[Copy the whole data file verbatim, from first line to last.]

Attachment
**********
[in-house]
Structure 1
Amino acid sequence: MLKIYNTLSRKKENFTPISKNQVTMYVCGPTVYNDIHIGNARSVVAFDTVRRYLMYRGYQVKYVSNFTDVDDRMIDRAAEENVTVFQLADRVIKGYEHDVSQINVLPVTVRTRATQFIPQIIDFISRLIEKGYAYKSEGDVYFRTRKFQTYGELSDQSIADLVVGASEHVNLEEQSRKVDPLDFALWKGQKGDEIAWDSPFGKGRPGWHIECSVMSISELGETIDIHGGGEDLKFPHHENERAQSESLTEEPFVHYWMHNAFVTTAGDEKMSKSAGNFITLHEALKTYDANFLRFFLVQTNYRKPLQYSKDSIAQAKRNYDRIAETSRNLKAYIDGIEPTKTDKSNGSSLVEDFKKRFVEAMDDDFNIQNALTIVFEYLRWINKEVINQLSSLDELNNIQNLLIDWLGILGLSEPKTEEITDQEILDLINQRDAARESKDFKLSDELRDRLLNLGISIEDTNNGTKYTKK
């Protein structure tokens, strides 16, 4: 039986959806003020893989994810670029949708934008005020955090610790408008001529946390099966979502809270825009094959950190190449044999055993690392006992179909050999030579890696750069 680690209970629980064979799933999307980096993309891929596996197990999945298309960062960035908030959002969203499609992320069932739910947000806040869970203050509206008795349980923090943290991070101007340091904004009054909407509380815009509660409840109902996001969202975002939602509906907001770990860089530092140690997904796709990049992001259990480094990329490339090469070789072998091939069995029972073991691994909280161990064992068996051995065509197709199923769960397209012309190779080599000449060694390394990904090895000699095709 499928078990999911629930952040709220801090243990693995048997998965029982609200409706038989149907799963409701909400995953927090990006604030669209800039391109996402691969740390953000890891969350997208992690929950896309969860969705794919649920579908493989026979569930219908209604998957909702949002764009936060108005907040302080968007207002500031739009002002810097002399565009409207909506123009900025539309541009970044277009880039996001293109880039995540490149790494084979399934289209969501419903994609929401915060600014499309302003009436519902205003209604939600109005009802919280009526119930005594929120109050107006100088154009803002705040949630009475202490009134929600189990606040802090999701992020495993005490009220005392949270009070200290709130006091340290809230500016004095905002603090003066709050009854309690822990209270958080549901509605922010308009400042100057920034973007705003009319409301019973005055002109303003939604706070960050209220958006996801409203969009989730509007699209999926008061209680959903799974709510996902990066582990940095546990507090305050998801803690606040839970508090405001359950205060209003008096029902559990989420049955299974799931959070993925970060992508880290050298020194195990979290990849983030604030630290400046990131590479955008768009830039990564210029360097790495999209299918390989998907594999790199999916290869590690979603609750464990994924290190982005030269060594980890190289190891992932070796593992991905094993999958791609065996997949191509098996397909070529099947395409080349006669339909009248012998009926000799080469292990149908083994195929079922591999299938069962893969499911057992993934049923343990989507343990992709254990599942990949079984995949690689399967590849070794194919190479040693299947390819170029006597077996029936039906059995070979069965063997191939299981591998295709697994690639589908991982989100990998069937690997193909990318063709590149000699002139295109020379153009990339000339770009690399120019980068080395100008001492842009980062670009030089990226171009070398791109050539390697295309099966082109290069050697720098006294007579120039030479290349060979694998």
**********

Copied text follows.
[in-house]
Structure 1
Amino acid sequence: MLKIYNTLSRKKENFTPISKNQVTMYVCGPTVYNDIHIGNARSVVAFDTVRRYLMYRGYQVKYVSNFTDVDDRMIDRAAEENVTVFQLADRVIKGYEHDVSQINVLPVTVRTRATQFIPQIIDFISRLIEKGYAYKSEGDVYFRTRKFQTYGELSDQSIADLVVGASEHVNLEEQSRKVDPLDFALWKGQKGDEIAWDSPFGKGRPGWHIECSVMSISELGETIDIHGGGEDLKFPHHENERAQSESLTEEPFVHYWMHNAFVTTAGDEKMSKSAGNFITLHEALKTYDANFLRFFLVQTNYRKPLQYSKDSIAQAKRNYDRIAETSRNLKAYIDGIEPTKTDKSNGSSLVEDFKKRFVEAMDDDFNIQNALTIVFEYLRWINKEVINQLSSLDELNNIQNLLIDWLGILGLSEPKTEEITDQEILDLINQRDAARESKDFKLSDELRDRLLNLGISIEDTNNGTKYTKK
């Protein structure tokens, strides 16, 4: 039986959806003020893989994810670029949708934008005020955090610790408008001529946390099966979502809270825009094959950190190449044999055993690392006992179909050999030579890696750069 680690209970629980064979799933999307980096993309891929596996197990999945298309960062960035908030959002969203499609992320069932739910947000806040869970203050509206008795349980923090943290991070101007340091904004009054909407509380815009509660409840109902996001969202975002939602509906907001770990860089530092140690997904796709990049992001259990480094990329490339090469070789072998091939069995029972073991691994909280161990064992068996051995065509197709199923769960397209012309190779080599000449060694390394990904090895000699095709 499928078990999911629930952040709220801090243990693995048997998965029982609200409706038989149907799963409701909400995953927090990006604030669209800039391109996402691969740390953000890891969350997208992690929950896309969860969705794919649920579908493989026979569930219908209604998957909702949002764009936060108005907040302080968007207002500031739009002002810097002399565009409207909506123009900025539309541009970044277009880039996001293109880039995540490149790494084979399934289209969501419903994609929401915060600014499309302003009436519902205003209604939600109005009802919280009526119930005594929120109050107006100088154009803002705040949630009475202490009134929600189990606040802090999701992020495993005490009220005392949270009070200290709130006091340290809230500016004095905002603090003066709050009854309690822990209270958080549901509605922010308009400042100057920034973007705003009319409301019973005055002109303003939604706070960050209220958006996801409203969009989730509007699209999926008061209680959903799974709510996902990066582990940095546990507090305050998801803690606040839970508090405001359950205060209003008096029902559990989420049955299974799931959070993925970060992508880290050298020194195990979290990849983030604030630290400046990131590479955008768009830039990564210029360097790495999209299918390989998907594999790199999916290869590690979603609750464990994924290190982005030269060594980890190289190891992932070796593992991905094993999958791609065996997949191509098996397909070529099947395409080349006669339909009248012998009926000799080469292990149908083994195929079922591999299938069962893969499911057992993934049923343990989507343990992709254990599942990949079984995949690689399967590849070794194919190479040693299947390819170029006597077996029936039906059995070979069965063997191939299981591998295709697994690639589908991982989100990998069937690997193909990318063709590149000699002139295109020379153009990339000339770009690399120019980068080395100008001492842009980062670009030089990226171009070398791109050539390697295309099966082109290069050697720098006294007579120039030479290349060979694998």